Law and the Politics of Realising Human Rights in Developing Countries

On the 31st October 2012 Dr Laura Grenfell and Cornelia Koch presented at an interdisciplinary workshop entitled ‘Law and the Politics of Realising Human Rights in Developing Countries’ run by the University of Adelaide’s Indo-Pacific Governance Research Centre. Further information on the workshop is available here. 

Cornelia presented on the topic ‘Justiciable Legal Frameworks for Human Rights as Received Legal Transplants in Developing Countries: Some Indicators for Their Success and Failure’. Her paper explained why these frameworks in developing countries are usually legal transplants from Western legal systems. Once this had been established, she highlighted the dangers and benefits of using legal transplants in developing countries when most of these transplants emanate from highly developed and industrialised countries. Utilising Ugo Mattei’s theory of classification of legal systems (‘Three Patterns of Law: Taxonomy and Change in the World’s Legal Systems’ (1997) 45 American Journal of Comparative Law 5), Cornelia suggested a framework for determining whether human rights as transplants may or may not be successful in a particular developing country.

Laura’s paper entitled ‘Rights-Rich and Remedy-Poor’  focussed on the example of Timor-Leste whose Constitution borrows heavily from the Portuguese constitutional system, in particular in relation to mechanisms of constitutional judicial review.  Laura questioned whether these highly complex mechanisms which provide for very limited direct access to constitutional judicial review are appropriate for a developing country such as Timor-Leste.  The mechanisms effectively mean that while Timor-Leste’s Constitution is generous on the subject of rights, articulating sets of both civil and political and social, economic and cultural rights, litigating these rights is excessively difficult with the result that civil society generally chooses to pursue non-judicial mechanisms to promote rights.  Bypassing the courts sends a symbolic message that the courts and Constitution may not be relevant to achieving social change which benefits vulnerable sections of Timorese society.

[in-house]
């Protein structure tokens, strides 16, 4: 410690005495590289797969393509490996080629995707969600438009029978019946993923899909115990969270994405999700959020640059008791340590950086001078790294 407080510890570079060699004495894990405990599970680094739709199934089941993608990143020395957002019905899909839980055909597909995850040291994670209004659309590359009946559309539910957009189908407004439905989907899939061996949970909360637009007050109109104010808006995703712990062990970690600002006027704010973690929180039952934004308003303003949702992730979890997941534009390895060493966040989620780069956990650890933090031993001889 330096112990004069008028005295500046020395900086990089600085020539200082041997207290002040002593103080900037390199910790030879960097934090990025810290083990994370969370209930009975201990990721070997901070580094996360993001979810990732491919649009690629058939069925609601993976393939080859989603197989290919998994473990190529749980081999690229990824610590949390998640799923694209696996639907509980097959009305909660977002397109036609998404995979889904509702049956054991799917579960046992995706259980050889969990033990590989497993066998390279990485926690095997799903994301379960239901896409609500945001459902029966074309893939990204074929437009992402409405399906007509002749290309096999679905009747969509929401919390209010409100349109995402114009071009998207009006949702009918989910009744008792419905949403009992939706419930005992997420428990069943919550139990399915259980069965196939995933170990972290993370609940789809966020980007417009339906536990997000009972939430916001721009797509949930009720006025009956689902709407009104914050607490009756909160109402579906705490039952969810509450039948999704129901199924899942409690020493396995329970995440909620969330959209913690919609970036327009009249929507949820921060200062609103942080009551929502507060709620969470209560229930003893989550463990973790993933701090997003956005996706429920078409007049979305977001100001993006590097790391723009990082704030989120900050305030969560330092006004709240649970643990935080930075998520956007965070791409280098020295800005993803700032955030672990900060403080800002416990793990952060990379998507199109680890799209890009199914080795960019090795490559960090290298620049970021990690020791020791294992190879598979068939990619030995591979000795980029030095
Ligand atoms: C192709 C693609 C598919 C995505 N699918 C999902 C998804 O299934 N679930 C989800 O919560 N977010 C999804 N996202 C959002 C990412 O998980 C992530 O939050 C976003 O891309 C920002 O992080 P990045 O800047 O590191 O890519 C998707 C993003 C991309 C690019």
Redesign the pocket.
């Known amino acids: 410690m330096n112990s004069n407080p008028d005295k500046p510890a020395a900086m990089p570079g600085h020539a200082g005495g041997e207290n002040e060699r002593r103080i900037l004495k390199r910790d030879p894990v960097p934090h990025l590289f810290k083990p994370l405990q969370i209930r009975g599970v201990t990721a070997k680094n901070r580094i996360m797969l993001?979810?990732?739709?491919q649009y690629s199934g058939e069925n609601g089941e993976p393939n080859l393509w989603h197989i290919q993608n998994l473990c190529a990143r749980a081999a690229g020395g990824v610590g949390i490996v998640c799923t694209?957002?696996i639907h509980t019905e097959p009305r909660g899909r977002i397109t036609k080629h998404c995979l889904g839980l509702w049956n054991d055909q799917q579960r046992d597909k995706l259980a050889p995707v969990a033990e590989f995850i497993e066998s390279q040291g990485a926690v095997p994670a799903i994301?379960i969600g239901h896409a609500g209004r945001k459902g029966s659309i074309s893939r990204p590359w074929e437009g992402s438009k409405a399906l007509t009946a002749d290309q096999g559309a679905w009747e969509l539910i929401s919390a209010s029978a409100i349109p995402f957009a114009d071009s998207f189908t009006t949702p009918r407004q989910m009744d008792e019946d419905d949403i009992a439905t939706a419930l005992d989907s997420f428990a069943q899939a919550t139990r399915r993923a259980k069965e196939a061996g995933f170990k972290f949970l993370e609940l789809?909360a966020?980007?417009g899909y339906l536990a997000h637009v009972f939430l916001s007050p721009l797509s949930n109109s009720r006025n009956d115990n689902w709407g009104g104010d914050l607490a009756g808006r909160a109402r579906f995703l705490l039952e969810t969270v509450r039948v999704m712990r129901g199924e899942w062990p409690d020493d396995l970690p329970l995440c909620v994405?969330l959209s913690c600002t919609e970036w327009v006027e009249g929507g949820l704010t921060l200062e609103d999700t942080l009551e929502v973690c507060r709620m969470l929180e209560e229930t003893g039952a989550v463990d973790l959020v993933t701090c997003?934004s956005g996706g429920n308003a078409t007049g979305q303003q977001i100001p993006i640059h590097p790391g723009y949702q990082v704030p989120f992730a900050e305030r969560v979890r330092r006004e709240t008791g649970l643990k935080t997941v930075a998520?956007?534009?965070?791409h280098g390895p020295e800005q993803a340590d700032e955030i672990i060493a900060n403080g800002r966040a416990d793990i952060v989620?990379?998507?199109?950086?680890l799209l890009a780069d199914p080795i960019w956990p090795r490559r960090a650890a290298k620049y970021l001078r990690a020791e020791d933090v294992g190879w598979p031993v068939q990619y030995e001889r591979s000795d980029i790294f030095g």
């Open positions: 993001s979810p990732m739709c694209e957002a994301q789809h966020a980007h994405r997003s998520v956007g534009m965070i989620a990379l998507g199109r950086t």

Dr Laura Grenfell and Cornelia Koch are Senior Lecturers at the Adelaide Law School.

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